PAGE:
The Great Flood of 1901

by Jim McIllmurry

North Street Tragedy

The Low-lying Dougher cemetery was under water for weeks after the great floods of November 1901. It caused extensive damage to surrounds and toppling headstones and simple wooden crosses floated as soil was washed away. It caused a lot of anxiety for those with loved ones buried there.

The storm of the 12th of November 1901 was remembered for many years. It created havoc in Lurgan. It started in the small hours of the morning as hurricane force winds brought slates and ridge tiles down. As people prepared to leave their homes for work, the rain came, sheets of hail pelted down, no factory horns blew that morning and no one left their homes. it was clear that flooding was inevitable. The Flush River broke it banks, the water proved too much for the Flush factory works and raw sewage flowed down High Street and Market Street.

The rain persisted all morning and by noon the Lurgan Weaving Company in Factory Lane was under water, Looms were covered and yarns destroyed. The houses in Factory Lane flooded and residents had to take refuge in upstairs rooms. It wasnít until the next day that volunteers brought aid to the residents, a rowing boat was brought up from the Demesne Lake to bring them hot soup, and this was passed through the windows on the upper floors.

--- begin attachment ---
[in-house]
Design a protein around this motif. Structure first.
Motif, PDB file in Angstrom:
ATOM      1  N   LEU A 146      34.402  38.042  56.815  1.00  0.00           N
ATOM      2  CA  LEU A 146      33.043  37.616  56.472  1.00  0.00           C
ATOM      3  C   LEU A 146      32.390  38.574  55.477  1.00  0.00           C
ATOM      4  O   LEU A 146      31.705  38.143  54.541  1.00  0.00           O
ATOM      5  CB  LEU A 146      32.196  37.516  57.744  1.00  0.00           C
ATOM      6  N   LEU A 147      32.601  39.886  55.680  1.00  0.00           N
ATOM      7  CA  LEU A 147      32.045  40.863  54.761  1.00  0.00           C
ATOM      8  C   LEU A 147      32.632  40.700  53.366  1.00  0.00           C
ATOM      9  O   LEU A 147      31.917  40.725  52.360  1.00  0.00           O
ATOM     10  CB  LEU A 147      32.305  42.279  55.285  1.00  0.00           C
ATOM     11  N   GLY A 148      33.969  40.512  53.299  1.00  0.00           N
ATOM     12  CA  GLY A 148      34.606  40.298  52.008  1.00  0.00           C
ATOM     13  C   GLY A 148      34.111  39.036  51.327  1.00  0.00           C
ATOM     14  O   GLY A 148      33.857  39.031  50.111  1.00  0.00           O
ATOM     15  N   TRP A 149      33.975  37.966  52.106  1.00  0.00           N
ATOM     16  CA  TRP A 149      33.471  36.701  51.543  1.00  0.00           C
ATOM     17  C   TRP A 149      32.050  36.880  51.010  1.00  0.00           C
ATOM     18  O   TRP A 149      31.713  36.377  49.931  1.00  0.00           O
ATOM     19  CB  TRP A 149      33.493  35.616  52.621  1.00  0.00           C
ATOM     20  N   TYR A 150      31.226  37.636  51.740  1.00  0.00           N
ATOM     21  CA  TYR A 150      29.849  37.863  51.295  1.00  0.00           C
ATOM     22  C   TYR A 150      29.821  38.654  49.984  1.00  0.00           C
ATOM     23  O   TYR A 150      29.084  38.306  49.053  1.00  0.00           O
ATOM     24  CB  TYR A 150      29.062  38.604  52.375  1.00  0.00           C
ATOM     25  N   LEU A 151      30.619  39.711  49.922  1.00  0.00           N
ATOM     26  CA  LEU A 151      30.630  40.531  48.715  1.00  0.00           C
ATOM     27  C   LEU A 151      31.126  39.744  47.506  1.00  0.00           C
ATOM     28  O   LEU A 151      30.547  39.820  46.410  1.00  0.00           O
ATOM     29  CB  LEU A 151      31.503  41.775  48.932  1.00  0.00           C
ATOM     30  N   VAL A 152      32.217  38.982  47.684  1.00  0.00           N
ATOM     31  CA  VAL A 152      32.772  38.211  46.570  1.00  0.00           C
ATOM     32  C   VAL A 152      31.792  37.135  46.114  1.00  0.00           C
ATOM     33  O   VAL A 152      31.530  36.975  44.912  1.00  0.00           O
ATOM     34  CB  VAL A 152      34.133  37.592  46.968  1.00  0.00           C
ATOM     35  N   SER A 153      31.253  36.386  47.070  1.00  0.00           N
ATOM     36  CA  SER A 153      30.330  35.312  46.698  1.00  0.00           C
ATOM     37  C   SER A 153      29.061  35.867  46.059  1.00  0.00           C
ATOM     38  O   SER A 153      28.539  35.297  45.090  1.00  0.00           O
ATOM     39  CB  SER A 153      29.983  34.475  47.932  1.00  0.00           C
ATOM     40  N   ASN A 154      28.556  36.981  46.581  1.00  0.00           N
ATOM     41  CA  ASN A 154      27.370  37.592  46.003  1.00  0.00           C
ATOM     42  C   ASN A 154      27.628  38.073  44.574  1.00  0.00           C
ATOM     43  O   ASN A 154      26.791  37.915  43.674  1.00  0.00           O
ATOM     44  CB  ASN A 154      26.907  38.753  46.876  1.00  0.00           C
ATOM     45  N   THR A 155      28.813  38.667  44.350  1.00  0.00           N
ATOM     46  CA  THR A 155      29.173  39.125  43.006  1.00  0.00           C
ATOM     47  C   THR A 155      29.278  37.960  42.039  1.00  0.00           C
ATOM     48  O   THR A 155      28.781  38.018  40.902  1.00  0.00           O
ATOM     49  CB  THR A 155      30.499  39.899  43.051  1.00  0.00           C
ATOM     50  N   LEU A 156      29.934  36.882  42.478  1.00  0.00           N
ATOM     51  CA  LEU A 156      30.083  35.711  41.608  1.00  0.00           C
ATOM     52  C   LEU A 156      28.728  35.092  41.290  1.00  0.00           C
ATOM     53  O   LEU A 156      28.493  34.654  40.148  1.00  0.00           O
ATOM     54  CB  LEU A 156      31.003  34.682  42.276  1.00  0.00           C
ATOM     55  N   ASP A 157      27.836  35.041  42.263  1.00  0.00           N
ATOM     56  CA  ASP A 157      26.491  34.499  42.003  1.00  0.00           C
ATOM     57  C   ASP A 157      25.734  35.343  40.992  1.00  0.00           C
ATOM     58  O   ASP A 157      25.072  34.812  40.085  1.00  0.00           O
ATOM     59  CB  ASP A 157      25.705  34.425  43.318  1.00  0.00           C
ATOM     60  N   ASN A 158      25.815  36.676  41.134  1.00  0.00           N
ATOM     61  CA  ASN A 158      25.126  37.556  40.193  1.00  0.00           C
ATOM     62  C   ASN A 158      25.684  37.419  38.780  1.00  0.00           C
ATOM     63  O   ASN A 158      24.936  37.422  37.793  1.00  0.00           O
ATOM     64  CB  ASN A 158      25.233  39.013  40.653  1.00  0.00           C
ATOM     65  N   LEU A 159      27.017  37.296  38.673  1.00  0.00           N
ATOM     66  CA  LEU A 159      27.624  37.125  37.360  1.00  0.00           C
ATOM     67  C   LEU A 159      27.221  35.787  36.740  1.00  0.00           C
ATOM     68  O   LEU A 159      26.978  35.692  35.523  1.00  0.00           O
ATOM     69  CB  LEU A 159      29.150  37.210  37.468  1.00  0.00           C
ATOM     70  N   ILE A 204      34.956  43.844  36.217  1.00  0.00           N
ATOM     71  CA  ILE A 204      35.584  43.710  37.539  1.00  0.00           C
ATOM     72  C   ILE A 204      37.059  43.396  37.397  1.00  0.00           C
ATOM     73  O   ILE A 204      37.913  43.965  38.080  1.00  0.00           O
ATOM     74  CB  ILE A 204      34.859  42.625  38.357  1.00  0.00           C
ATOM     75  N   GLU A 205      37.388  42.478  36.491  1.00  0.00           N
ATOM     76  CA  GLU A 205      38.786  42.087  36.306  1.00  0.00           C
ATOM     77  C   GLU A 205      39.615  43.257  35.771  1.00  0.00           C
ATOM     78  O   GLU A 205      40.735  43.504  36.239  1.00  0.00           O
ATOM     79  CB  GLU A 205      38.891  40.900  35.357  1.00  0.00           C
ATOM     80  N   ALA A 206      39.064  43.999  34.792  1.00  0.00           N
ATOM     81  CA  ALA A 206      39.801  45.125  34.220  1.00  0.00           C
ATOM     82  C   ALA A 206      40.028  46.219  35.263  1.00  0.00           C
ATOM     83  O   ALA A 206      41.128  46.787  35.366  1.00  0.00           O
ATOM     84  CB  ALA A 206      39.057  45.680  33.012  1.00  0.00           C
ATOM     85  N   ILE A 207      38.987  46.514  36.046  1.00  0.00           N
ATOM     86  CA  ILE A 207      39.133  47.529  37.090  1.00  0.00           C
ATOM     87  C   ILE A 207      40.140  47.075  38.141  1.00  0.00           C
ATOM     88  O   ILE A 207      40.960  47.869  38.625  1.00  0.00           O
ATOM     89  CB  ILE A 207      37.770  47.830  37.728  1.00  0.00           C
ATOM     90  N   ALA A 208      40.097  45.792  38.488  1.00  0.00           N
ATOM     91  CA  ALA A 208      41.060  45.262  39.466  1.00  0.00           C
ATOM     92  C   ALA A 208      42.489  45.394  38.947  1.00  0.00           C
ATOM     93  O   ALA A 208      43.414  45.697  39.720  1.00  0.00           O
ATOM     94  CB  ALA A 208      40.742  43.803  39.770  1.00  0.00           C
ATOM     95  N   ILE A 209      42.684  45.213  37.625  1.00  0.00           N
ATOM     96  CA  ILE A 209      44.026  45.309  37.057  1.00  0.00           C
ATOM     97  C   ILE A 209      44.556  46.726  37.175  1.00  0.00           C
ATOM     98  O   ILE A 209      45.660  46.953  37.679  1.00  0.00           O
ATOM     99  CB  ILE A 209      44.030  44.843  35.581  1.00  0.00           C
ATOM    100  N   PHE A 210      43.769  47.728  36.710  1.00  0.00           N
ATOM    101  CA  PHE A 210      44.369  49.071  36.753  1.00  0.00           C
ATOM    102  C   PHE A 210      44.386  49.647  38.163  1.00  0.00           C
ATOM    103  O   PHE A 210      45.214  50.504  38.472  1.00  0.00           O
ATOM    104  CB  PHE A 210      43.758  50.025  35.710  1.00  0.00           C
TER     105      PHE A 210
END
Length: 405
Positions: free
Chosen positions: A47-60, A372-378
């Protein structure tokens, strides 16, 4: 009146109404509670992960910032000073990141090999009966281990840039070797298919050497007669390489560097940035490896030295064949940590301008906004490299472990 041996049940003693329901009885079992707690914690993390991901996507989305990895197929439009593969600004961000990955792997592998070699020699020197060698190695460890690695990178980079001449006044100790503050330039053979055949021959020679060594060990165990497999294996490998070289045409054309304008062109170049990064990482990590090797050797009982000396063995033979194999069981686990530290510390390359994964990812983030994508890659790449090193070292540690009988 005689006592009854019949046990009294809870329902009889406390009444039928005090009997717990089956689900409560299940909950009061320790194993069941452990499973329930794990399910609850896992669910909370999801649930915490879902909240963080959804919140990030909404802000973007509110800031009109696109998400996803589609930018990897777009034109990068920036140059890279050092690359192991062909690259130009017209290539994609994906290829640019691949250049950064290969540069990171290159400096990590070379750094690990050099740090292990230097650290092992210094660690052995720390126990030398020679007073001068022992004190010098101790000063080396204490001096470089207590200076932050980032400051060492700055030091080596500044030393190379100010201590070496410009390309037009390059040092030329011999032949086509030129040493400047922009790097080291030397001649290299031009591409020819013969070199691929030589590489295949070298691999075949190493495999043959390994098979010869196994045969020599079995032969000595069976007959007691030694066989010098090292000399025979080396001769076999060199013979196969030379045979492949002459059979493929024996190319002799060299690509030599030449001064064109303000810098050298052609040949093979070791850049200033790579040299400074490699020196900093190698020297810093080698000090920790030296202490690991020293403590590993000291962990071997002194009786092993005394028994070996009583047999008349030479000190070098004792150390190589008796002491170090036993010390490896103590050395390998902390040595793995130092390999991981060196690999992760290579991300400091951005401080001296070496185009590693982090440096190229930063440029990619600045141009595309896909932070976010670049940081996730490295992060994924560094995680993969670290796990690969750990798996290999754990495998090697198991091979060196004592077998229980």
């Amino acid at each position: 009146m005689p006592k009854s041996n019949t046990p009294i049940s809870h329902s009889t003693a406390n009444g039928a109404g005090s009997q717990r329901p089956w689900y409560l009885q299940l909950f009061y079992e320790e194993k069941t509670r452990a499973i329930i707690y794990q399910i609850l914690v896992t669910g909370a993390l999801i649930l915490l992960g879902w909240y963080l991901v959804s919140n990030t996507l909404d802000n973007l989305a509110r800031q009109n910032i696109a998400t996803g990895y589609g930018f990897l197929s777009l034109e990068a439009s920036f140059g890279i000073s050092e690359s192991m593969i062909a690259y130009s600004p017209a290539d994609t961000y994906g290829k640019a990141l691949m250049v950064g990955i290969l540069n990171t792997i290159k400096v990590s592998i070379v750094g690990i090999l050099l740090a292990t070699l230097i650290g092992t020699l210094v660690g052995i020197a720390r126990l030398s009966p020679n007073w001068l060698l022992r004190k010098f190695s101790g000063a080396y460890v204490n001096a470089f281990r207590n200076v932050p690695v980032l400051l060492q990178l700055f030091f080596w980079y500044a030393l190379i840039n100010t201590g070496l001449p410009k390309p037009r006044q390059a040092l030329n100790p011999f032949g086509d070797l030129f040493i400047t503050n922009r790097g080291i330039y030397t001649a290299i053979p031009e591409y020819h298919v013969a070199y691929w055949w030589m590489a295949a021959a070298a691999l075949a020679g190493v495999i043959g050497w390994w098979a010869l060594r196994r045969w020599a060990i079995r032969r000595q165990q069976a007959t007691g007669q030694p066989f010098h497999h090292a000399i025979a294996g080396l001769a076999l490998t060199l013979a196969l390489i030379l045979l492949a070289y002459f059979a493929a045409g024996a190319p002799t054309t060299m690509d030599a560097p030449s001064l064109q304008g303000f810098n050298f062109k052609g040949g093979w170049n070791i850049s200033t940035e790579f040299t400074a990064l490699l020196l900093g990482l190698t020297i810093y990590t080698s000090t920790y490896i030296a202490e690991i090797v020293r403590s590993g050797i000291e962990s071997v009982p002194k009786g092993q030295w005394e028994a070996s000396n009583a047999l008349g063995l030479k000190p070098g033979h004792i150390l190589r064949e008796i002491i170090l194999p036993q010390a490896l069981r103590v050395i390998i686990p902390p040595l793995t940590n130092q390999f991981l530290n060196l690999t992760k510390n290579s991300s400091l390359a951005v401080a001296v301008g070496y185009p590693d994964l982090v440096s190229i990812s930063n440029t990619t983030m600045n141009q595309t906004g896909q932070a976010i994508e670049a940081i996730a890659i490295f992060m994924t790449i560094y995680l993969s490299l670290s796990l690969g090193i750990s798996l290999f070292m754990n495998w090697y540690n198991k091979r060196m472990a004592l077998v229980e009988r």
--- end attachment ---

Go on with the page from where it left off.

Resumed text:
Several stores at the back of High Street owned by George Anderson filled with hundreds of tons of grain from the summer harvest was destroyed. The Lurgan Brewery also flooded and all of its stock of malt was destroyed, vats were overturned and kilns washed out. The Pound River burst its banks causing flooding of Union Street and Mooreís Lane, Rogerís Court, Edward Street and Waring Street.

Sarah Anne told the doctor what she had been advised to give him, the doctor said this was the cause of his death. Another nine month old baby had died in the town recently after being administered Laudanum.

Scaffolding around the new tower of St, Peterís Church blow down puncturing the roof of the parochial house. People had to abandon their homes around Lough Neagh and cattle and other livestock were drowned. Sewer points from Flush Place to the Rectory Field burst out sending raw sewage into homes. The Lakeside factory flooded as the Demesne Lake overflowed, Lower North Street was also under water.

Lurgan Council expressed its regret that so many businesses had suffered and especially the poorer people of the town, many had lost everything. There was no insurance or compensation paid out in those days.

Our thanks to Jim for his kindness in giving us permission to publish these stories here.

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